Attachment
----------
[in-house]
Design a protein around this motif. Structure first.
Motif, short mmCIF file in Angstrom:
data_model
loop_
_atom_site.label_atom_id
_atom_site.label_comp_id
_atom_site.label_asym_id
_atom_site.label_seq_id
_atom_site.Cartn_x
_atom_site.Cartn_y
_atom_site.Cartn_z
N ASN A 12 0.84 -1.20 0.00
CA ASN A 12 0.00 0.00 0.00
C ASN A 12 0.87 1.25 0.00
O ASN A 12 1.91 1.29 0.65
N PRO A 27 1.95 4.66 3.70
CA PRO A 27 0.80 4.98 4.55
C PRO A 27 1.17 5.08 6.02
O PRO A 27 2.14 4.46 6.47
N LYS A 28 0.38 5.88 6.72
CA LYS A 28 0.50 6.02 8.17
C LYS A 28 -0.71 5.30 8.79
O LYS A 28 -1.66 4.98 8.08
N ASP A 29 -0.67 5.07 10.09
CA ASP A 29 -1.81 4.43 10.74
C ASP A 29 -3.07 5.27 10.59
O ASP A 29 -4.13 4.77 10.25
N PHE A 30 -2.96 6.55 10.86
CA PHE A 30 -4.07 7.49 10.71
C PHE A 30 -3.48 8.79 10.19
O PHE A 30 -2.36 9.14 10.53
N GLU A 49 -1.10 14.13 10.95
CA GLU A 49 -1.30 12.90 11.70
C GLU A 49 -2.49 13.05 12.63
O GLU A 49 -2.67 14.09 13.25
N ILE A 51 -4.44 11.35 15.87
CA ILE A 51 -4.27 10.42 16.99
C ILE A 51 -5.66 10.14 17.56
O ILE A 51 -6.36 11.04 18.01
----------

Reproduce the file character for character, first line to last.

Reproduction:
[in-house]
Design a protein around this motif. Structure first.
Motif, short mmCIF file in Angstrom:
data_model
loop_
_atom_site.label_atom_id
_atom_site.label_comp_id
_atom_site.label_asym_id
_atom_site.label_seq_id
_atom_site.Cartn_x
_atom_site.Cartn_y
_atom_site.Cartn_z
N ASN A 12 0.84 -1.20 0.00
CA ASN A 12 0.00 0.00 0.00
C ASN A 12 0.87 1.25 0.00
O ASN A 12 1.91 1.29 0.65
N PRO A 27 1.95 4.66 3.70
CA PRO A 27 0.80 4.98 4.55
C PRO A 27 1.17 5.08 6.02
O PRO A 27 2.14 4.46 6.47
N LYS A 28 0.38 5.88 6.72
CA LYS A 28 0.50 6.02 8.17
C LYS A 28 -0.71 5.30 8.79
O LYS A 28 -1.66 4.98 8.08
N ASP A 29 -0.67 5.07 10.09
CA ASP A 29 -1.81 4.43 10.74
C ASP A 29 -3.07 5.27 10.59
O ASP A 29 -4.13 4.77 10.25
N PHE A 30 -2.96 6.55 10.86
CA PHE A 30 -4.07 7.49 10.71
C PHE A 30 -3.48 8.79 10.19
O PHE A 30 -2.36 9.14 10.53
N GLU A 49 -1.10 14.13 10.95
CA GLU A 49 -1.30 12.90 11.70
C GLU A 49 -2.49 13.05 12.63
O GLU A 49 -2.67 14.09 13.25
N ILE A 51 -4.44 11.35 15.87
CA ILE A 51 -4.27 10.42 16.99
C ILE A 51 -5.66 10.14 17.56
O ILE A 51 -6.36 11.04 18.01